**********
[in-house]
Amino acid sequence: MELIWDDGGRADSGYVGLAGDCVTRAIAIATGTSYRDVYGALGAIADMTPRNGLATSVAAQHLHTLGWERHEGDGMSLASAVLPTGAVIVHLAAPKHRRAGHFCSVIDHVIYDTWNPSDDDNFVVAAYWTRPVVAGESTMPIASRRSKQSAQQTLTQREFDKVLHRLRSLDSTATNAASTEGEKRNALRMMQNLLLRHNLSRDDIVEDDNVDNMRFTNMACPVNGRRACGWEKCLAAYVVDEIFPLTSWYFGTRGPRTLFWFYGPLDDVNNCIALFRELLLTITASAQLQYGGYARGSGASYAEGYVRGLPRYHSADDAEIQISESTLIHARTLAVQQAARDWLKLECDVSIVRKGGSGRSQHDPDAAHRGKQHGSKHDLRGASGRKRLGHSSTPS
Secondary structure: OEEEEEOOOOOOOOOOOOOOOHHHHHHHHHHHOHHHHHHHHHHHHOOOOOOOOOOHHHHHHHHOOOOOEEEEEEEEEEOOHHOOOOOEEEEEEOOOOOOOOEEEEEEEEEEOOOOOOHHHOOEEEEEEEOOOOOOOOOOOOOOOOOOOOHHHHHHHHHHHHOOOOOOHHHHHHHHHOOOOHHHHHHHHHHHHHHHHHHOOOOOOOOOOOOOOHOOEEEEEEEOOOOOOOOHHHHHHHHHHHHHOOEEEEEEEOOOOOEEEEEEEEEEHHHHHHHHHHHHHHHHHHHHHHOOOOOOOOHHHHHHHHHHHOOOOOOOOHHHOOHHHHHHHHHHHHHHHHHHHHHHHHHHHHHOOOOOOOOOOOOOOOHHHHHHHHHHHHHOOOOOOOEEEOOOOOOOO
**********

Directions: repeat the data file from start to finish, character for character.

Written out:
[in-house]
Amino acid sequence: MELIWDDGGRADSGYVGLAGDCVTRAIAIATGTSYRDVYGALGAIADMTPRNGLATSVAAQHLHTLGWERHEGDGMSLASAVLPTGAVIVHLAAPKHRRAGHFCSVIDHVIYDTWNPSDDDNFVVAAYWTRPVVAGESTMPIASRRSKQSAQQTLTQREFDKVLHRLRSLDSTATNAASTEGEKRNALRMMQNLLLRHNLSRDDIVEDDNVDNMRFTNMACPVNGRRACGWEKCLAAYVVDEIFPLTSWYFGTRGPRTLFWFYGPLDDVNNCIALFRELLLTITASAQLQYGGYARGSGASYAEGYVRGLPRYHSADDAEIQISESTLIHARTLAVQQAARDWLKLECDVSIVRKGGSGRSQHDPDAAHRGKQHGSKHDLRGASGRKRLGHSSTPS
Secondary structure: OEEEEEOOOOOOOOOOOOOOOHHHHHHHHHHHOHHHHHHHHHHHHOOOOOOOOOOHHHHHHHHOOOOOEEEEEEEEEEOOHHOOOOOEEEEEEOOOOOOOOEEEEEEEEEEOOOOOOHHHOOEEEEEEEOOOOOOOOOOOOOOOOOOOOHHHHHHHHHHHHOOOOOOHHHHHHHHHOOOOHHHHHHHHHHHHHHHHHHOOOOOOOOOOOOOOHOOEEEEEEEOOOOOOOOHHHHHHHHHHHHHOOEEEEEEEOOOOOEEEEEEEEEEHHHHHHHHHHHHHHHHHHHHHHOOOOOOOOHHHHHHHHHHHOOOOOOOOHHHOOHHHHHHHHHHHHHHHHHHHHHHHHHHHHHOOOOOOOOOOOOOOOHHHHHHHHHHHHHOOOOOOOEEEOOOOOOOO